Three armored police vans came barreling down the road firing shotgun pellets out of the turrets normally used to launch teargas.
Her grandfather was decorated for gallantry at Vimy Ridge and went on to found the Canadian armored corps.
UN peacekeepers—mainly from India—rumble by in armored vehicles, looking bored.
c.1300, "mail, defensive covering worn in combat," also "means of protection," from Old French armeure "weapons, armor" (12c.), from Latin armatura "arms, equipment," from arma "arms, gear" (see arm (n.2)). Figurative use from mid-14c.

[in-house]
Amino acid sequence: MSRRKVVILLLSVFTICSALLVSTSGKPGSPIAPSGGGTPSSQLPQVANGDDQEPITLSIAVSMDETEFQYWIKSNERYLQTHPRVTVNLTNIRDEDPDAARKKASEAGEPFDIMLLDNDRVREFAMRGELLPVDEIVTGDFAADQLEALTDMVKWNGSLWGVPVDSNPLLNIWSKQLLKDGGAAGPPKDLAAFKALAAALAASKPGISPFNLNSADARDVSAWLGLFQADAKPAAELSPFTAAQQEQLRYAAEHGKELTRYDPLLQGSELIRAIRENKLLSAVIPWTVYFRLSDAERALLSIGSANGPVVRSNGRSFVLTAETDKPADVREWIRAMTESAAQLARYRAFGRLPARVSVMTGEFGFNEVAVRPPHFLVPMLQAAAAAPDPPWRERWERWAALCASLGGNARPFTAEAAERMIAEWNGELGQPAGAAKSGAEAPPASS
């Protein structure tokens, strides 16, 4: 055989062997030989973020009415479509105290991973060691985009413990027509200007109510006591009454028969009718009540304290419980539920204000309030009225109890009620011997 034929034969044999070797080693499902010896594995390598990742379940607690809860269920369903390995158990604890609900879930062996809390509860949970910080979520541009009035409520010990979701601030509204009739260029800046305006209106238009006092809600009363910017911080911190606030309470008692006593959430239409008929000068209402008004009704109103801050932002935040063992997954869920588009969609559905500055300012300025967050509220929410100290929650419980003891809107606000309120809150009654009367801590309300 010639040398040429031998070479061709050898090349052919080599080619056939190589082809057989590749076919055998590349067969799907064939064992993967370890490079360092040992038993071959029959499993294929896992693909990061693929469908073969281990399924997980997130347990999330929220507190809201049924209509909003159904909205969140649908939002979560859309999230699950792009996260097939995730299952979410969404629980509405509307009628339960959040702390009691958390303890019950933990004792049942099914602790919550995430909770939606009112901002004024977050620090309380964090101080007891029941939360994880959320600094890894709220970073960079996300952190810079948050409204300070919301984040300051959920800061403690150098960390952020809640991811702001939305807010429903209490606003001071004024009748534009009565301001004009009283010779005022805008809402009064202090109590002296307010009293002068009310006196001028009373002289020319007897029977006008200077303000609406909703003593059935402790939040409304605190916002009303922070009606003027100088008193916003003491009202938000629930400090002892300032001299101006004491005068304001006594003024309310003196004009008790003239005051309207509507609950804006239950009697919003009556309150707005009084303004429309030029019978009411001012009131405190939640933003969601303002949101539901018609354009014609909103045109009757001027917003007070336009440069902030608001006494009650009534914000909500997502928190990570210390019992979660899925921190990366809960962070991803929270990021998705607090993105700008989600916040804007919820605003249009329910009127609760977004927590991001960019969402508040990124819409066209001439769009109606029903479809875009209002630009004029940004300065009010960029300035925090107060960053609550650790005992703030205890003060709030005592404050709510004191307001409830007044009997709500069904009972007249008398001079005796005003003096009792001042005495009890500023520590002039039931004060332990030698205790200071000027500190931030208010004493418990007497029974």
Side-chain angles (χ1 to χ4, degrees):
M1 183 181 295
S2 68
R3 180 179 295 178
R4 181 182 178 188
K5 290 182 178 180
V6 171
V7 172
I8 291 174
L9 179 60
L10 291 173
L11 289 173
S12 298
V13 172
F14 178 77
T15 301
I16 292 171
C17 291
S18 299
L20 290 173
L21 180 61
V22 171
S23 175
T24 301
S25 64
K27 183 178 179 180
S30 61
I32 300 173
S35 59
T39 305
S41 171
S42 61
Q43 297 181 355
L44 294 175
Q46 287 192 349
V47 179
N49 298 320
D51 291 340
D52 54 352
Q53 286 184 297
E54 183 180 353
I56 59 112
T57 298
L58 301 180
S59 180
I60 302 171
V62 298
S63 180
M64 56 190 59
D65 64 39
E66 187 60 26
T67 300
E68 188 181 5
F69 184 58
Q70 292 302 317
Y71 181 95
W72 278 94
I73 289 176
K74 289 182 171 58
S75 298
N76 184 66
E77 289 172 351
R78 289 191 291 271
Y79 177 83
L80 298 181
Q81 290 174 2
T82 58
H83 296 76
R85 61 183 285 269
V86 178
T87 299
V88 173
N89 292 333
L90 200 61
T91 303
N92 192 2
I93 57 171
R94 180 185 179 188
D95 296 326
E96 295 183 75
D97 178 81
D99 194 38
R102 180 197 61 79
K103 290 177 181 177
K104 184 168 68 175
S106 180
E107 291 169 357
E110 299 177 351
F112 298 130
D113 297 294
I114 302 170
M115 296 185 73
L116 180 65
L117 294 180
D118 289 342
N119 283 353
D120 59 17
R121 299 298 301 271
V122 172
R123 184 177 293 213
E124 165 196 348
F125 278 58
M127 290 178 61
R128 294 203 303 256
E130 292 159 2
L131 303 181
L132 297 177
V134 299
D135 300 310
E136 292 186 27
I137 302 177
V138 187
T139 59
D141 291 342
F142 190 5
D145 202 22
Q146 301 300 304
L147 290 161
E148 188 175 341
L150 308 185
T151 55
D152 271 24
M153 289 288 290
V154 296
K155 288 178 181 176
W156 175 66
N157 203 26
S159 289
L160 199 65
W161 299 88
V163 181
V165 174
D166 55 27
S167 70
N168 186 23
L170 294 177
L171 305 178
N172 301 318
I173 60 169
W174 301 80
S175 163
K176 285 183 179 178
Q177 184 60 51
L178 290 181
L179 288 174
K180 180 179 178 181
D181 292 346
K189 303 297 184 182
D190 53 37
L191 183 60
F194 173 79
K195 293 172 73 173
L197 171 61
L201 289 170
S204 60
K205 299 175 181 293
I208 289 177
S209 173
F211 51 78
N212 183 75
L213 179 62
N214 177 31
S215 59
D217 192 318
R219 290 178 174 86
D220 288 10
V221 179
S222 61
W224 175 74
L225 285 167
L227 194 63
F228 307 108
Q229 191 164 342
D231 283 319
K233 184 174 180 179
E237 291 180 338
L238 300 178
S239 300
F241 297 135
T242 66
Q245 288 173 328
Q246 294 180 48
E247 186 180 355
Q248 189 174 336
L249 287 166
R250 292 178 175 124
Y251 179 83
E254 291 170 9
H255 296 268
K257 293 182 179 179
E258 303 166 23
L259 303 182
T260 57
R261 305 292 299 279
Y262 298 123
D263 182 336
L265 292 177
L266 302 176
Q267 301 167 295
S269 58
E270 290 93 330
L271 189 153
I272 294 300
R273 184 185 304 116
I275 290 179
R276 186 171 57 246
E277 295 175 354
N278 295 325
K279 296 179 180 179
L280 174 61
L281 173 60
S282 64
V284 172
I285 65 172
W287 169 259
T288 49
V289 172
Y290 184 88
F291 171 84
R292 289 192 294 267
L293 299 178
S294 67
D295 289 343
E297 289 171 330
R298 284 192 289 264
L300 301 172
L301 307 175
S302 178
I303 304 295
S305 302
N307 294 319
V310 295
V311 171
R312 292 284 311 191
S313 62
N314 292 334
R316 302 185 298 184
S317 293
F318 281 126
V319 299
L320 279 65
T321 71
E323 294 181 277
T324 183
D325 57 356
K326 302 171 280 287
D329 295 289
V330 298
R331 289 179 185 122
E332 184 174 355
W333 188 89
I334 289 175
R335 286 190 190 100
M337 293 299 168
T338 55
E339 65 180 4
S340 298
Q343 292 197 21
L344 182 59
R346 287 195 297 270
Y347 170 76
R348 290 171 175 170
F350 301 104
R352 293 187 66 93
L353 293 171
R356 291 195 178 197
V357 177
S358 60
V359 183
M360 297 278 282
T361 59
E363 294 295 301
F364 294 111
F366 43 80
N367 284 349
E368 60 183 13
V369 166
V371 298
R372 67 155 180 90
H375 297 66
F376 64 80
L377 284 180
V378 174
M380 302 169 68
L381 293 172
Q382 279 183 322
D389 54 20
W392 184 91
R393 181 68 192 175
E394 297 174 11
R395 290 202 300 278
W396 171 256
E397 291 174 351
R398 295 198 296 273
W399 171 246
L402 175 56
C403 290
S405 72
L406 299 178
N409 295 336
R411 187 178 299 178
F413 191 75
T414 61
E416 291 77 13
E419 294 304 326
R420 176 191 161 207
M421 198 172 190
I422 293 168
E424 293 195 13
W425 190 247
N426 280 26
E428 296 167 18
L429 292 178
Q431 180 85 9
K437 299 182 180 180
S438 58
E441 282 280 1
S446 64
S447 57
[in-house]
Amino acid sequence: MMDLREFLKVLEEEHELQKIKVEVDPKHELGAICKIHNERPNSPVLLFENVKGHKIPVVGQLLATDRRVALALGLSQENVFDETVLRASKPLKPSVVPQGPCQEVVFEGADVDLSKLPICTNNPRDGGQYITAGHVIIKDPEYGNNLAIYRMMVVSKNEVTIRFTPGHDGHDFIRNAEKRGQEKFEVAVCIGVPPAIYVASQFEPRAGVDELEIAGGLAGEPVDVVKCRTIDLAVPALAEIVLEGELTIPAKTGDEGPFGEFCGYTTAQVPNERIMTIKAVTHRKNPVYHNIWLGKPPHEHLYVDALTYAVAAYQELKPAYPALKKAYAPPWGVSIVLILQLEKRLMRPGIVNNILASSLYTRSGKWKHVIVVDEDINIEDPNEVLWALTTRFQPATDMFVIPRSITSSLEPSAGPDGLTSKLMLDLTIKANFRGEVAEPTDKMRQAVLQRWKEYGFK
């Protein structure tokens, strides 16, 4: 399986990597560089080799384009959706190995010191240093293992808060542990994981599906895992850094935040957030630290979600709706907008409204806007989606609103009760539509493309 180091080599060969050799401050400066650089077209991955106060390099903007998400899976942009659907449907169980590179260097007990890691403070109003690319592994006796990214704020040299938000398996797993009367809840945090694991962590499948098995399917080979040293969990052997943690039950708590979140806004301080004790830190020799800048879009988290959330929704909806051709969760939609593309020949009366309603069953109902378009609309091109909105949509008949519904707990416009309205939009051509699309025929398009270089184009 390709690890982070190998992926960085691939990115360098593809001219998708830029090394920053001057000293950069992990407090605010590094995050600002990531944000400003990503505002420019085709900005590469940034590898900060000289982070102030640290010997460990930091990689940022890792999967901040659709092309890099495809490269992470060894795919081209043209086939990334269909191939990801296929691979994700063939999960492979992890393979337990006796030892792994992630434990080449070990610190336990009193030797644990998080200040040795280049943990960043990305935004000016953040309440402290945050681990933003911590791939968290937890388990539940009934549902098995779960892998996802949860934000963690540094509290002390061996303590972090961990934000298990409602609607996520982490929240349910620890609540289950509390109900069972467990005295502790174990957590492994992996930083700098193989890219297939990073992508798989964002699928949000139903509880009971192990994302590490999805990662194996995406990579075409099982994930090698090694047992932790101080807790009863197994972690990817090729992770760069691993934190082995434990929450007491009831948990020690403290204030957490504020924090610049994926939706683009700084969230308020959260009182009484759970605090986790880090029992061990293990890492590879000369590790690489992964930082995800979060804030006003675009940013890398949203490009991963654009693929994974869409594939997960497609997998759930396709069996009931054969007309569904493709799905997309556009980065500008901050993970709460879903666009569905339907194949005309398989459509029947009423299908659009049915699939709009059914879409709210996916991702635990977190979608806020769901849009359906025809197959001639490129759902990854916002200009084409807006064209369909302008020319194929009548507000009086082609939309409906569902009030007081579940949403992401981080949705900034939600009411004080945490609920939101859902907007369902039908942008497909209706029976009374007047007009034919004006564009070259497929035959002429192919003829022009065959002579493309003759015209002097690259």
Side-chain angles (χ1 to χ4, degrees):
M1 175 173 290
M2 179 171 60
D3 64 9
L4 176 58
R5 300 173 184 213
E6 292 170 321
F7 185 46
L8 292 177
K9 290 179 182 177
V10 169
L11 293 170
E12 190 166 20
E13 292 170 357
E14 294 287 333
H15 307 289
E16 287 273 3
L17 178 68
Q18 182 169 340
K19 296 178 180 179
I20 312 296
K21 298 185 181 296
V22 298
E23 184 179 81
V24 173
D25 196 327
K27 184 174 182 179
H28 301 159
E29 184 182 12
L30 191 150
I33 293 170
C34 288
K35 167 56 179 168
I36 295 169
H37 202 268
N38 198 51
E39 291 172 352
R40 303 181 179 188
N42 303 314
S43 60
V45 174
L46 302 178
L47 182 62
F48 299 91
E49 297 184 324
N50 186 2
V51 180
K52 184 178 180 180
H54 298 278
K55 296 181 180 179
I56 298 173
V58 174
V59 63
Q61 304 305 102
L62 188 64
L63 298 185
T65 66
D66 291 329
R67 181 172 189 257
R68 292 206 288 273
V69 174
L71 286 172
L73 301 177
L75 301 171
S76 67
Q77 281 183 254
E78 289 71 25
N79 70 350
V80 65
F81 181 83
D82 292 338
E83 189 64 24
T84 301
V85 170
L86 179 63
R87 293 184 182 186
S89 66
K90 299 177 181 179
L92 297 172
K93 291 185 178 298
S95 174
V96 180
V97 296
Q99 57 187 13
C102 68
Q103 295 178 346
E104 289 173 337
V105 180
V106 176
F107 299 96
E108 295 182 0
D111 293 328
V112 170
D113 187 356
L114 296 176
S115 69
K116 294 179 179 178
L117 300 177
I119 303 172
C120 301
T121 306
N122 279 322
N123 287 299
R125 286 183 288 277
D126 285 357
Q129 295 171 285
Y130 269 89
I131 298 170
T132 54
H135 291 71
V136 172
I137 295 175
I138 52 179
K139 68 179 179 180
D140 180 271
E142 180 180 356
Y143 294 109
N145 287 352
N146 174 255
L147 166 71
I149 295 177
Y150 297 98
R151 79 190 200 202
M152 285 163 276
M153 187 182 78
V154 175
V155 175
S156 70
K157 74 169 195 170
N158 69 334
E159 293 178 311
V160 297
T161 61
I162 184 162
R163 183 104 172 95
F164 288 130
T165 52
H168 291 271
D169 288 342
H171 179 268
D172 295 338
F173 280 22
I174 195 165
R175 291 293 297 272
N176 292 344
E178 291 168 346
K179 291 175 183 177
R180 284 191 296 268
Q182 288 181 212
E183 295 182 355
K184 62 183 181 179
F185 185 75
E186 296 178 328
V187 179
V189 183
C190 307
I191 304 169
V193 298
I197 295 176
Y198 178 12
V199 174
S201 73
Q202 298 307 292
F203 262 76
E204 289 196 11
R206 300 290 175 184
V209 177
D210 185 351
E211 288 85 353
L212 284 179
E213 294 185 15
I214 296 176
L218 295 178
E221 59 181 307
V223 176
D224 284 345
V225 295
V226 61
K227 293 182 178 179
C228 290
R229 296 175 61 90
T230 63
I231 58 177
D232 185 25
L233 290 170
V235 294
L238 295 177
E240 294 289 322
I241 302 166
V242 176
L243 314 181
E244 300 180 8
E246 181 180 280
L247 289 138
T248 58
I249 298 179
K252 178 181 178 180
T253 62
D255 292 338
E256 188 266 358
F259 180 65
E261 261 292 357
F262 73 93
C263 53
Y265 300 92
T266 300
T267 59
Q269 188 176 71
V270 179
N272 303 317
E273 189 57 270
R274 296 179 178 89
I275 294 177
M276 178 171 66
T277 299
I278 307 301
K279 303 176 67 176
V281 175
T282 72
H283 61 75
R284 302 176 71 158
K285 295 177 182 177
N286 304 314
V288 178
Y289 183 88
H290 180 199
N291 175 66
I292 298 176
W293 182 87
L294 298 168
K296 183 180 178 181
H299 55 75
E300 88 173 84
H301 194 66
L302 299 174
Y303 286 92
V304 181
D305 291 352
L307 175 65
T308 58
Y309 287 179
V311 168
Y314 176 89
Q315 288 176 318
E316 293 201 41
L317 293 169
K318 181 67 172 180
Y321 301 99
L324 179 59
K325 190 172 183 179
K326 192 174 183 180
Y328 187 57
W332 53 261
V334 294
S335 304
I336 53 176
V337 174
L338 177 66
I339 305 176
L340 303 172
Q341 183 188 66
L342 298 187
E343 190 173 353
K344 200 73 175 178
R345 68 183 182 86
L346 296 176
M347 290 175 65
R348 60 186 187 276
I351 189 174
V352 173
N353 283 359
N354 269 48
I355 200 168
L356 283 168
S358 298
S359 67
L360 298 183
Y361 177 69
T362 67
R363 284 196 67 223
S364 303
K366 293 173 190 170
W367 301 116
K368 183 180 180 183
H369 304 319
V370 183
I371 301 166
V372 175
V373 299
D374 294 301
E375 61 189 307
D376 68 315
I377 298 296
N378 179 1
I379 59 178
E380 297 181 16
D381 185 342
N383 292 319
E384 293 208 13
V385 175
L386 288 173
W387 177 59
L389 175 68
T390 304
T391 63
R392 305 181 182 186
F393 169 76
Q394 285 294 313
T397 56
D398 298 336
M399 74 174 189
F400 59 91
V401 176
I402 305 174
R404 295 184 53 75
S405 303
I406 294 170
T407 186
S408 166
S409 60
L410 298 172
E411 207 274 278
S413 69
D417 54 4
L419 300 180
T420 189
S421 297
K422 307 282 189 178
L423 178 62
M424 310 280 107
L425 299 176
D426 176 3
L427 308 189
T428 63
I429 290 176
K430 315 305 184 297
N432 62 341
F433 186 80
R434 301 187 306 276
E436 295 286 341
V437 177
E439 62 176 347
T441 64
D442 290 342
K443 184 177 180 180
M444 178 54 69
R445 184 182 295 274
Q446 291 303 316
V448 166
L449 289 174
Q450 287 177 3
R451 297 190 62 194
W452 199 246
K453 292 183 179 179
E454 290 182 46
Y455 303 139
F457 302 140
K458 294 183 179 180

Meaning "military equipment generally," especially siege engines, is late 14c. The word might have died with jousting if not for late 19c. transference to metal-shielded machinery beginning with U.S. Civil War ironclads (first attested in this sense in an 1855 report from the U.S. Congressional Committee on Naval Affairs).
mid-15c., from armor (n.). Related: Armored; armoring.